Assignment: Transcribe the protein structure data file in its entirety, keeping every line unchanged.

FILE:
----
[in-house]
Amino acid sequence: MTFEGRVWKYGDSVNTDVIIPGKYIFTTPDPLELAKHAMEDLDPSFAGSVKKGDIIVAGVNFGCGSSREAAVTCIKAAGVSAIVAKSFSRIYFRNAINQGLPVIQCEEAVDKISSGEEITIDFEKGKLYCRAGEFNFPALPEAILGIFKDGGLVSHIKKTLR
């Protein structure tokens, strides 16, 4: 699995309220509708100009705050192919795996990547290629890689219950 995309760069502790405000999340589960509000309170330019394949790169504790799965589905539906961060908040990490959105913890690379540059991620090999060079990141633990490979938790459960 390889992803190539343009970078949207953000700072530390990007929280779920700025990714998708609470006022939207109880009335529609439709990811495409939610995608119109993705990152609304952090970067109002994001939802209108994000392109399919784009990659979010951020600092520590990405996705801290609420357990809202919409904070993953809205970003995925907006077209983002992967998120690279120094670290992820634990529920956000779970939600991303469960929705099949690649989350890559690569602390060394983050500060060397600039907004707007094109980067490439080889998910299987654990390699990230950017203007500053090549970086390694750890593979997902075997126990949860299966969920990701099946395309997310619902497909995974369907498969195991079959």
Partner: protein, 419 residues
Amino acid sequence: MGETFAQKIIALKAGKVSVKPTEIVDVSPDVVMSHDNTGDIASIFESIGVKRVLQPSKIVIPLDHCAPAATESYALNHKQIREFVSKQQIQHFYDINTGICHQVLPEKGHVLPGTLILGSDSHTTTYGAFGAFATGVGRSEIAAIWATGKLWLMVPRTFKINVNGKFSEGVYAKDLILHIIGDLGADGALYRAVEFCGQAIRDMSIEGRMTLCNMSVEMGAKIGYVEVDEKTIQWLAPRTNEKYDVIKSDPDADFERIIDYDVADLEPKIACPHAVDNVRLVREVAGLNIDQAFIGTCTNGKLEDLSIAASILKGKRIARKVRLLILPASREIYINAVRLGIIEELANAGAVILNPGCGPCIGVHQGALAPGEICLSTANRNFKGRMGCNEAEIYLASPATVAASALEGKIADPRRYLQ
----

[in-house]
Amino acid sequence: MTFEGRVWKYGDSVNTDVIIPGKYIFTTPDPLELAKHAMEDLDPSFAGSVKKGDIIVAGVNFGCGSSREAAVTCIKAAGVSAIVAKSFSRIYFRNAINQGLPVIQCEEAVDKISSGEEITIDFEKGKLYCRAGEFNFPALPEAILGIFKDGGLVSHIKKTLR
């Protein structure tokens, strides 16, 4: 699995309220509708100009705050192919795996990547290629890689219950 995309760069502790405000999340589960509000309170330019394949790169504790799965589905539906961060908040990490959105913890690379540059991620090999060079990141633990490979938790459960 390889992803190539343009970078949207953000700072530390990007929280779920700025990714998708609470006022939207109880009335529609439709990811495409939610995608119109993705990152609304952090970067109002994001939802209108994000392109399919784009990659979010951020600092520590990405996705801290609420357990809202919409904070993953809205970003995925907006077209983002992967998120690279120094670290992820634990529920956000779970939600991303469960929705099949690649989350890559690569602390060394983050500060060397600039907004707007094109980067490439080889998910299987654990390699990230950017203007500053090549970086390694750890593979997902075997126990949860299966969920990701099946395309997310619902497909995974369907498969195991079959």
Partner: protein, 419 residues
Amino acid sequence: MGETFAQKIIALKAGKVSVKPTEIVDVSPDVVMSHDNTGDIASIFESIGVKRVLQPSKIVIPLDHCAPAATESYALNHKQIREFVSKQQIQHFYDINTGICHQVLPEKGHVLPGTLILGSDSHTTTYGAFGAFATGVGRSEIAAIWATGKLWLMVPRTFKINVNGKFSEGVYAKDLILHIIGDLGADGALYRAVEFCGQAIRDMSIEGRMTLCNMSVEMGAKIGYVEVDEKTIQWLAPRTNEKYDVIKSDPDADFERIIDYDVADLEPKIACPHAVDNVRLVREVAGLNIDQAFIGTCTNGKLEDLSIAASILKGKRIARKVRLLILPASREIYINAVRLGIIEELANAGAVILNPGCGPCIGVHQGALAPGEICLSTANRNFKGRMGCNEAEIYLASPATVAASALEGKIADPRRYLQ